Fridge killed my baby? Mag-field radiation from household stuff 'boosts miscarriage risk'

Living off grid, in the woods, away from all tech not such a loony idea after all

By Thomas Claburn in San Francisco


Analysis A study of 913 pregnant women in the San Francisco Bay Area, California, found those exposed to high levels of magnetic field (MF) non-ionizing radiation had a 2.72x higher risk of miscarriage than those exposed to low MF levels.

The Kaiser Permanente study, "Exposure to Magnetic Field Non-Ionizing Radiation and the Risk of Miscarriage: A Prospective Cohort Study," was published this month in the journal Scientific Reports.

The authors, Kaiser researchers De-Kun Li, Hong Chen, Jeannette R. Ferber, Roxana Odouli, and Charles Quesenberry, say their findings add to the evidence that "MF non-ionizing radiation could have adverse biological impacts on human health."

Mobile phones and Wi-Fi transmitters fire out radio-frequency MF radiation, but are not the only sources of such emissions; as such the study should not be construed as a specific indictment of those devices. Indeed, rather worry solely about smartphones or wireless networks peppering you with radiation, being surrounded by everyday electrical things – from fridges and freezers to hairdryers and clothes irons – may be more harmful than you may think. Possibly.

"In this study, we found an almost three-fold increased risk of miscarriage if a pregnant woman was exposed to higher MF levels compared to women with lower MF exposure," the study says. "The association was independent of any specific MF exposure sources or locations, thus removing the concern that other factors connected to the sources of the exposure might account for the observed associations."


Study participants were classified in four MF exposure groups – <2.5mG; 2.5–3.6mG; 3.7–6.2mG; and ≥6.3mG – based on 24 hours of measurements with an EMDEX Lite meter as a representation of daily exposure. The researchers did not find the miscarriage risk increased with doses above 2.5mG, leading them to theorize that 2.5mG represents a threshold level for health effects.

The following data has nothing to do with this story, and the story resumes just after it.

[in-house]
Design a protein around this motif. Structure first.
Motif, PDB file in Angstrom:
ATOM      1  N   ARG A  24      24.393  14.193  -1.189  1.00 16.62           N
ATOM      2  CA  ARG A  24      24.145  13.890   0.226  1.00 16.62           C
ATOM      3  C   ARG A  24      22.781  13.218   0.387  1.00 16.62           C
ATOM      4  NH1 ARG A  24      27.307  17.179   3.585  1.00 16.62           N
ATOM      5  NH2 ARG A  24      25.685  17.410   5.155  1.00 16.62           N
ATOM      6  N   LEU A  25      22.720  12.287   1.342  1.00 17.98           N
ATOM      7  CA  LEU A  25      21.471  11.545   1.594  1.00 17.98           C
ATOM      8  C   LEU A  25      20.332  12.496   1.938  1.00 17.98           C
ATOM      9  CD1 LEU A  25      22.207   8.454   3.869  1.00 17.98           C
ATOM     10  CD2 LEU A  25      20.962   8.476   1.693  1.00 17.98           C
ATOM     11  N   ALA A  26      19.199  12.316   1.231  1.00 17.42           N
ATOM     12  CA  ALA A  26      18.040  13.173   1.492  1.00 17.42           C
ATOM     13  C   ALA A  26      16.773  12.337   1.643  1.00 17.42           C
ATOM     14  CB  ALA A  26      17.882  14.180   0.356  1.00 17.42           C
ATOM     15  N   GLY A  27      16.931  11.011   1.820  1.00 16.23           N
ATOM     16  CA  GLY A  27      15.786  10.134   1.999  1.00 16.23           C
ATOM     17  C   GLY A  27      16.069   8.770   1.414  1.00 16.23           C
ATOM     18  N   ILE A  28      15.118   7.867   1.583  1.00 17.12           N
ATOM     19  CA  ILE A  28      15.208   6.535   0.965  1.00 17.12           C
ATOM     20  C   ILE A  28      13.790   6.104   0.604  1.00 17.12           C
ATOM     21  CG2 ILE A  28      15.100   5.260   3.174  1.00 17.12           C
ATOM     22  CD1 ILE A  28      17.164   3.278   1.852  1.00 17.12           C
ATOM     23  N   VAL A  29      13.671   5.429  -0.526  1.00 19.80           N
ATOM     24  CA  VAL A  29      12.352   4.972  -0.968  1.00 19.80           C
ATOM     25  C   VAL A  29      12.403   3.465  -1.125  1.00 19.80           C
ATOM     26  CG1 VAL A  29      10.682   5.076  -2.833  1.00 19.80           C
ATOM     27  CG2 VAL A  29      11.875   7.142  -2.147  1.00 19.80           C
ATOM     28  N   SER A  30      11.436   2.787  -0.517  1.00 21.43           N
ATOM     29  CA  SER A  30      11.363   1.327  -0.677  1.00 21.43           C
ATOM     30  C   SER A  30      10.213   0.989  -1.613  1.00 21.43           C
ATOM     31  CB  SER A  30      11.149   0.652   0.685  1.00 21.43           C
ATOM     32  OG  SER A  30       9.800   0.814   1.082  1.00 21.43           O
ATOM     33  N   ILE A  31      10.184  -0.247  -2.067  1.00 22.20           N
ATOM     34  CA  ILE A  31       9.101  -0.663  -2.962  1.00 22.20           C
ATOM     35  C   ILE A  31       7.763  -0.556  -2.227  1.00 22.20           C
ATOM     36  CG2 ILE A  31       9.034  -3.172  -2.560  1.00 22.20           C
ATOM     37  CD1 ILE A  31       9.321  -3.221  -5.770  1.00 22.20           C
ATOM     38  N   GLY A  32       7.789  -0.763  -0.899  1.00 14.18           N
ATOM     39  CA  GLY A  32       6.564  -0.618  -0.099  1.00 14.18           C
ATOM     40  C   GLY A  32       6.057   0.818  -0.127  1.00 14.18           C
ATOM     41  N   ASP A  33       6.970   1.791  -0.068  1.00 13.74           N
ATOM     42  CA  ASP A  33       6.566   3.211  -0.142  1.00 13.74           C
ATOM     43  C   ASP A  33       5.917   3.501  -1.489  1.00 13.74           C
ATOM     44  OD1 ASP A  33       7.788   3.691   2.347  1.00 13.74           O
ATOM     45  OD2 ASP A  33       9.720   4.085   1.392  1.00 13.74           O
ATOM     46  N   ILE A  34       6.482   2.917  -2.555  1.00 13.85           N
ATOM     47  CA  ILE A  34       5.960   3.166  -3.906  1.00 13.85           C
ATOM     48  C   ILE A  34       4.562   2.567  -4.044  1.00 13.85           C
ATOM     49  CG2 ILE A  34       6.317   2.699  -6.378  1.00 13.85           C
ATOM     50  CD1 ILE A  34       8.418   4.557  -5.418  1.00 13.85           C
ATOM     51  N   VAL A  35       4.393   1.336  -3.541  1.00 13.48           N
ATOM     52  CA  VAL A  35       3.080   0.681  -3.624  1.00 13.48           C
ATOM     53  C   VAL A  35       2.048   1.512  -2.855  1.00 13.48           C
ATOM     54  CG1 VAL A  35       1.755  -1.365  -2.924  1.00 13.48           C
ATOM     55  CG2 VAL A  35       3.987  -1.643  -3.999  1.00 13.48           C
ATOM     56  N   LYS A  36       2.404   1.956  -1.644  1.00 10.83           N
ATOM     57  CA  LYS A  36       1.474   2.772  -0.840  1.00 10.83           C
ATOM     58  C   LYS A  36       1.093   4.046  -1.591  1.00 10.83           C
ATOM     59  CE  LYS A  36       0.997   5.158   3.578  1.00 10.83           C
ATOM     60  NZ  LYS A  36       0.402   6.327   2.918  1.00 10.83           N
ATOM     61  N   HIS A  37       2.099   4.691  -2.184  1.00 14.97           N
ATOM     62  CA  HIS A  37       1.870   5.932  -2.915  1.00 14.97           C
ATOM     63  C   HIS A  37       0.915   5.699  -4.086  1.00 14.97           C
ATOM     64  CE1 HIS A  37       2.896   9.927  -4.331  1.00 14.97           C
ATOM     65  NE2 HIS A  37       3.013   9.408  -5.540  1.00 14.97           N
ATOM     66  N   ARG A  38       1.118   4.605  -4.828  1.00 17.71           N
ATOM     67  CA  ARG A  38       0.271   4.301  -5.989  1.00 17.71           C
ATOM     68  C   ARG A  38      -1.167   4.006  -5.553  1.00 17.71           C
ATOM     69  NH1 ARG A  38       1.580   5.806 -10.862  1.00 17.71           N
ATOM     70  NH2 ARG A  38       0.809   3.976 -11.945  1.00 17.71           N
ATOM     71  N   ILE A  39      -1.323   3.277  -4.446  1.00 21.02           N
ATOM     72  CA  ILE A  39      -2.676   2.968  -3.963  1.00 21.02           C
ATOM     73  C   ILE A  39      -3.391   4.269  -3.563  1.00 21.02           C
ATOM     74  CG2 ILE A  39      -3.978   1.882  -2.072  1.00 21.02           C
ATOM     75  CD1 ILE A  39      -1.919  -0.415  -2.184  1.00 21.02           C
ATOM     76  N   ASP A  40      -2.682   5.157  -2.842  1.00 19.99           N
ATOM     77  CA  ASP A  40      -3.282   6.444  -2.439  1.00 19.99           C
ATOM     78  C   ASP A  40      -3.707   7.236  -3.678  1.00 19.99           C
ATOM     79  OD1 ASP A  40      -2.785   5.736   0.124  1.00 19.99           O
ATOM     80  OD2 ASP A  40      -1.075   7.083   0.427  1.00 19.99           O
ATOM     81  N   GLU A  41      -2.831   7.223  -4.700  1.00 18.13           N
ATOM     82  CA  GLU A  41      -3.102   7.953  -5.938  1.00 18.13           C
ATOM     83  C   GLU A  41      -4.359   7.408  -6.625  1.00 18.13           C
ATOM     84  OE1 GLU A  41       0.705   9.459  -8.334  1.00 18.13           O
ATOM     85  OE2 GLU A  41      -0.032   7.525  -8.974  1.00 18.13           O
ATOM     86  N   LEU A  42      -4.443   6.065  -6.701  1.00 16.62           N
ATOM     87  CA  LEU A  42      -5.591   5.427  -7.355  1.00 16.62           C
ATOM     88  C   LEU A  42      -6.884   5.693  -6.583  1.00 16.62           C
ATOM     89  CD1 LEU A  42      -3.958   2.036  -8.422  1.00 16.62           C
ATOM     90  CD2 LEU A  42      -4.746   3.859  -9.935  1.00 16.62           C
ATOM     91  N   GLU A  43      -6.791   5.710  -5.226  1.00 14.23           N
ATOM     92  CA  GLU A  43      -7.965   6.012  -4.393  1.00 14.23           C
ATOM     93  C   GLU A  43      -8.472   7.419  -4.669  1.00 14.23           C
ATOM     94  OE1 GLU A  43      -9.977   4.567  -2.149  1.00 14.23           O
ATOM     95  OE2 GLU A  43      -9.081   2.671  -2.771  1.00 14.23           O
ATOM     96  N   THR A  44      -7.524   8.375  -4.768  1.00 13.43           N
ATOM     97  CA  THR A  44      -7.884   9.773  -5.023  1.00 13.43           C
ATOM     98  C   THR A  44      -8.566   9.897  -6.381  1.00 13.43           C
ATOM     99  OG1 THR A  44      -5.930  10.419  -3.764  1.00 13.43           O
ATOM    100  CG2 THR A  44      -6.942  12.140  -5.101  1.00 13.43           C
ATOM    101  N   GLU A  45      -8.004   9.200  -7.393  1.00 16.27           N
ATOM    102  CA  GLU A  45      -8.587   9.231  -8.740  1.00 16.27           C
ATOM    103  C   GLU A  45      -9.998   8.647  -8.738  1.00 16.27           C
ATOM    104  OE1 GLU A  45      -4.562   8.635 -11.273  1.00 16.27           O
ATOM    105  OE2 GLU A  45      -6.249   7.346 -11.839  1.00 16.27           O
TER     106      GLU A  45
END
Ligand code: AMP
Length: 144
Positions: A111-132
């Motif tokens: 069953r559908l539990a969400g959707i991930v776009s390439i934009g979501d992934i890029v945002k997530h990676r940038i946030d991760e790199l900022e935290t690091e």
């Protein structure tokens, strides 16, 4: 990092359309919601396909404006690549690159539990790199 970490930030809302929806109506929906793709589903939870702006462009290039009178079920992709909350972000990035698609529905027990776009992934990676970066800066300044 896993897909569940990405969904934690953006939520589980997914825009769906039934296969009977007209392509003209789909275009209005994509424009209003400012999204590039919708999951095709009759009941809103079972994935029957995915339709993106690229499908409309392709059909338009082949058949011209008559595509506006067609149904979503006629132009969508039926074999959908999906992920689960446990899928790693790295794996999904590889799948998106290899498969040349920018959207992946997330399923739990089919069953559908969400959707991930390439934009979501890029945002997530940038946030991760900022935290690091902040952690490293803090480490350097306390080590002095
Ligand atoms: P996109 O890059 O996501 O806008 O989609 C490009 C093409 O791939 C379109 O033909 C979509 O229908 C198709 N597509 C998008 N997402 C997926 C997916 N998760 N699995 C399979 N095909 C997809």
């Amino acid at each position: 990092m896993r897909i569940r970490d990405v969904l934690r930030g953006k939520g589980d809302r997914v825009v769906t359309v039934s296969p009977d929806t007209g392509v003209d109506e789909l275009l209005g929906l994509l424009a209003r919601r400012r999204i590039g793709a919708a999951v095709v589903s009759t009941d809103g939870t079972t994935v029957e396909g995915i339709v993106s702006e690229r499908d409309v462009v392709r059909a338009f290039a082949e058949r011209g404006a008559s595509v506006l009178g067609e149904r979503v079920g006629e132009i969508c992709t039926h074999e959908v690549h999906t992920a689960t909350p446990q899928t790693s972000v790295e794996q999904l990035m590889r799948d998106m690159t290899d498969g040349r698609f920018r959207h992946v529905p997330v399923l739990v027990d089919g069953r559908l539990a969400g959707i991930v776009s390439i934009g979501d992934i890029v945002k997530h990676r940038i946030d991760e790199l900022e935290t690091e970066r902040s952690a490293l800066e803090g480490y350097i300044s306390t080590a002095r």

In an email to The Register, Dr De-Kun Li, senior research scientist at the research division of Kaiser Permanente Northern California, said: "Please keep in mind that our study was not specifically designed to study radio-frequency magnetic fields, which are more applicable to cell phones and Wi-Fi. Also, we are at an early stage in understanding the health effects of magnetic fields; this is not a settled issue."

Li said past studies of magnetic fields suffered from poor methods of measurement.

"The controversy over health effects from electromagnetic fields is, to a large extent, a product of earlier studies that did not find many associations between EMF and health risk," he said. "Looking back, the main reason for the 'negative findings' is that those studies were not able to actually measure EMF exposure. When one can’t measure an exposure (e.g., EMF), the 'study finding,' by definition, won’t be able to find any association, thus negative findings. This applies to any study, not just those related to EMF. (For example, if one can’t measure the amount of calorie intake, one would conclude that calorie intake has nothing to do with being overweight.)"

Li said his group's study supports the previously reported association between exposure to high MF levels in pregnancy and the risk of miscarriage, which has been suggested in at least seven other studies.

As Li observed, there is no scientific consensus that MF exposure harms human health. According to the National Cancer Institute, "[A]lthough many studies have examined the potential health effects of non-ionizing radiation from radar, microwave ovens, cell phones, and other sources, there is currently no consistent evidence that non-ionizing radiation increases cancer risk."

The Kaiser researchers contend that the focus on studying the effect of MF radiation on cancer has made a more general focus on other health effects more difficult because the length of time required before cancer develops has led to inconclusive studies and has supported the impression that MF is entirely safe.

Radiation shielding does the opposite